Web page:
Can you mix covid-19 vaccines from different technologies?

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(CNN Spanish) – Scientists have developed vaccines against covid-19 with different technologies or platforms. Those of messenger RNA, such as that of Pfizer / BioNTech, and that of viral vector, such as that of AstraZeneca.

Many wonder if these vaccines can be combined, especially those from two different technologies. In this episode, Dr. Elmer Huerta analyzes a study in Spain in which researchers answer precisely this question.

You can listen to this episode on Spotify or your favorite podcast platform or read the transcript below.

Hello, I am Dr. Elmer Huerta and this is your daily dose of information about the new coronavirus. Information that we hope will be useful to take care of your health and that of your family.

Today we will see a preliminary Spanish study – announced in an online press release from the Carlos III Health Institute – in which it is shown that a first dose of the AstraZeneca vaccine can be followed by a second dose of the Pfizer / BioNTech, with an excellent immune response and few side effects.

The combination of the covid-19 vaccine

As we heard in the March 16 episode, Europe was shocked when some people who received the first dose of the Oxford / AstraZeneca vaccine developed clots as a side effect.

As a result, several European countries, including Spain, suspended vaccination after millions of people had already received the first dose of the Oxford / AstraZeneca vaccine. In Spain they were just over 2 million.

One of the solutions proposed at the time was that the second dose of the vaccination be completed with a different brand than the first, and that of Pfizer / BioNTech was proposed.

The problem was that there was no scientific basis for making that important public policy decision.

The Spanish study

With this idea in mind, the Carlos III Health Institute decided to start a phase 2 study in five institutions in Spain on April 17, 2021, in people under 60 years of age previously vaccinated with the first dose of the Oxford / AstraZeneca vaccine to determine what the volunteers’ response would be to a second dose of the Pfizer / BioNTech vaccine.

The study, called Combivacs, randomly drew 673 people into two groups. The first, of 441 participants, received the Pfizer / BioNTech vaccine as a second dose. The second, out of 232 people, was the control group since they did not receive any vaccine.

The mean age in both groups was 44 years and 56% were women, and the researchers were careful to avoid selection biases in gender, age and participation center that could confuse the study.

The results

The results indicated that -after receiving the Pfizer / BioNTech vaccine, and compared to baseline, immunoglobulin G production was 150 times higher.

Similarly, antibodies directed specifically against the spike of the virus increased almost 42-fold, relative to the baseline level.

Finally, the researchers measured the effectiveness of the antibodies produced by vaccinated people, confronting them in neutralization tests against pseudoviruses that carry the spike protein of the new coronavirus.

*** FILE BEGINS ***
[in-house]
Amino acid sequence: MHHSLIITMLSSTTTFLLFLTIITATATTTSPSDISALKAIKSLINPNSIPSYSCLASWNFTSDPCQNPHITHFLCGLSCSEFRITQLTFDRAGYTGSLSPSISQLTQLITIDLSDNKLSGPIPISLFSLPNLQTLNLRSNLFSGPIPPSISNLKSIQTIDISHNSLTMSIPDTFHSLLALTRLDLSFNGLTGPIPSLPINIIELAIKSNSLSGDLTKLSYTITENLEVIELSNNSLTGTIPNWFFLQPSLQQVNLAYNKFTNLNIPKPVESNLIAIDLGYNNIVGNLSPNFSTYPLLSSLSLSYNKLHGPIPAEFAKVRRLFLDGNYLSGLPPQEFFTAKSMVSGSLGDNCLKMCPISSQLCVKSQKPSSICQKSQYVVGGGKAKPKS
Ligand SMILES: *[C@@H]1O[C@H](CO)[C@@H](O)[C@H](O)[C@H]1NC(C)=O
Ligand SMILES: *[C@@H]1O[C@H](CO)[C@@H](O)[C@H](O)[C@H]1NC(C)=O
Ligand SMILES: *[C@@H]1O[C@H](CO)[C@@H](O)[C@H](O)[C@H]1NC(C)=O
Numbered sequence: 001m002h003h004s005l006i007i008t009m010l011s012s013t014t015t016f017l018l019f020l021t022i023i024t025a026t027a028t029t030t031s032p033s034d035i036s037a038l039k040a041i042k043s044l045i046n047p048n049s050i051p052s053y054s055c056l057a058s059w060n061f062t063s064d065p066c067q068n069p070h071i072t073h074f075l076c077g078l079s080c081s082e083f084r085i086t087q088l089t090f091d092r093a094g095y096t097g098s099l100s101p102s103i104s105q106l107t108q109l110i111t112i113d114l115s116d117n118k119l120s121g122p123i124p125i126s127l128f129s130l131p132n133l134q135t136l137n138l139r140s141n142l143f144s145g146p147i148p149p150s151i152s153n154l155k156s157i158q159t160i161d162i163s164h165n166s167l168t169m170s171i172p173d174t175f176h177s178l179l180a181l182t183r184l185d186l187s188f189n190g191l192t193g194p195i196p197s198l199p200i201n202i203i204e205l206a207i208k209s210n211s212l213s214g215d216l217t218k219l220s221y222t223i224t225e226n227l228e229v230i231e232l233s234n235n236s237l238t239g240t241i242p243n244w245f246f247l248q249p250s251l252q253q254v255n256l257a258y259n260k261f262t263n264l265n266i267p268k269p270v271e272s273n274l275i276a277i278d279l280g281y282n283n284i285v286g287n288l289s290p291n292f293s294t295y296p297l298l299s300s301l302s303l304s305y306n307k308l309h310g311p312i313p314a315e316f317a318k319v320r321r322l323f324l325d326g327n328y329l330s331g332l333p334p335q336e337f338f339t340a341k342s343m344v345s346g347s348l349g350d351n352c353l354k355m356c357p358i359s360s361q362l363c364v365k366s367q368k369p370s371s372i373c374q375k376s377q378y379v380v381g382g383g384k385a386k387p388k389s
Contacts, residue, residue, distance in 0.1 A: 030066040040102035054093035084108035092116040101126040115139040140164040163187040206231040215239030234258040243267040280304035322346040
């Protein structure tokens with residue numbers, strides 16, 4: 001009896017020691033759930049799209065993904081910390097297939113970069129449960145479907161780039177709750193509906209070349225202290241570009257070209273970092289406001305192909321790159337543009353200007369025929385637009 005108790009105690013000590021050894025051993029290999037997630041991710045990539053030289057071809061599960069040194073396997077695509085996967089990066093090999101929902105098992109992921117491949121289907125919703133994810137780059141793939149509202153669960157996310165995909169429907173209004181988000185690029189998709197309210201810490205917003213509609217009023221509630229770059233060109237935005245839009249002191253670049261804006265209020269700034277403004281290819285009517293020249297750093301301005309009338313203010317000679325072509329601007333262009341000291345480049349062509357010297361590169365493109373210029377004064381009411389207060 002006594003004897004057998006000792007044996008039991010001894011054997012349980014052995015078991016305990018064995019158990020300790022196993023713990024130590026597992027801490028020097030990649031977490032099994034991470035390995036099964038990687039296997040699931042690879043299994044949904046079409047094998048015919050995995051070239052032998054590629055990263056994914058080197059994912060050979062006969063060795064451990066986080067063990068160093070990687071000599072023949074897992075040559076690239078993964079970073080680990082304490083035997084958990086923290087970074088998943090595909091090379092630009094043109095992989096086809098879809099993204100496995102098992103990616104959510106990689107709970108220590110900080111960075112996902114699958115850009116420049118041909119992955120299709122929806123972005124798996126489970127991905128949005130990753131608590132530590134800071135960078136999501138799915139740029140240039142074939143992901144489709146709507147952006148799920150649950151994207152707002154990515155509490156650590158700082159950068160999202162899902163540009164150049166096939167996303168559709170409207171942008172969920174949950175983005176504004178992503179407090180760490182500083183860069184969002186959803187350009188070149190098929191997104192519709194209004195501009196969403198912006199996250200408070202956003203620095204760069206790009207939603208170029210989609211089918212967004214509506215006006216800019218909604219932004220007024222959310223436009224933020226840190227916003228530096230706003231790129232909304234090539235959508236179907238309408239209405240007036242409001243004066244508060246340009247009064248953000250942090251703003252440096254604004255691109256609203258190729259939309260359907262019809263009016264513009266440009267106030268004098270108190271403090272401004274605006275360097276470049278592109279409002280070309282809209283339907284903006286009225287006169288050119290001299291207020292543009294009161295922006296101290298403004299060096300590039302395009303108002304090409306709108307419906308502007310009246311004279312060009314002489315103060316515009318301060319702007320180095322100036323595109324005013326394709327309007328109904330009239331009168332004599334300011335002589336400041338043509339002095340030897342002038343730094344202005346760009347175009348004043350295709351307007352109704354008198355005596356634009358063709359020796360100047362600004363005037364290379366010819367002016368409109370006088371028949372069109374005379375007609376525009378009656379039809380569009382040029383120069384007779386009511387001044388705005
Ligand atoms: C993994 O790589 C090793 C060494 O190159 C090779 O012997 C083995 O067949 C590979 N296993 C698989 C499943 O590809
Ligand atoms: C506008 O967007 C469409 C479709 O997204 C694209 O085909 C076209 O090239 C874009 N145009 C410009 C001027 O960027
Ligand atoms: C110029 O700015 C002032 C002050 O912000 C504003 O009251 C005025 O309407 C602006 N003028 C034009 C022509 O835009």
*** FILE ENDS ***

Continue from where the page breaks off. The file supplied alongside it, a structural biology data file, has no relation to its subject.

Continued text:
This technique showed an increase in neutralizing antibody titers of more than 7 times after the administration of the Pfizer / BioNTech vaccine dose, an increase – say the researchers – greater than that described when the second dose is of the same type of vaccine. the first.

Were there any side effects from the COVID-19 vaccine combination?

As for the side effects, documented through an electronic diary, these were mild and similar to those reported in studies of the Pfizer vaccine, not causing extra medical attention or hospitalization in any case.

The most frequent side effects were:

Pain in the injection area, Headache (44% of all cases), General malaise (41%), Chills (25%), Mild nausea (11%), Mild cough (7%) And fever (2 ,5%).

All adverse events, which were perceived as serious by the participants, were evaluated in real time by physicians from the participating center, and in no case was this perceived severity confirmed.

A similar study, published by British researchers in The Lancet on May 12, compared groups of volunteers over the age of 50 who received various combinations in the order of administration of the AstraZeneca and Pfizer vaccines, some starting with one and ending with the other, he reports that, although the side effects were slightly greater when the second dose was of a different vaccine than the first, neither was serious enough to hospitalize the volunteers.

The results of the study will be available in June 2021.

Finally, and giving strength to the weight of scientific evidence focused on studies, the National Public Health Council of Spain, in a decision taken on May 18 and based on the study that we have just described, decided that the more than two million Spaniards under 60 years of age who have already received the first dose of the Oxford / AstraZeneca vaccine, complete their second dose with the Pfizer / BioNTech vaccine.

Do you have questions about the coronavirus?

Send me your questions on Twitter, we will try to answer them in our next episodes. You can find me at @DrHuerta.

If you think this podcast is useful, help others find it by rating and reviewing it on your favorite podcast app. We’ll be back tomorrow so be sure to subscribe to get the latest episode on your account.

And for the most up-to-date information you can always head to Thanks for your attention.

If you have any questions you can send them to Dr. Elmer Huerta through Twitter. You can also head over to for all episodes of our “Coronavirus: Reality vs. Reality” podcast. fiction”.

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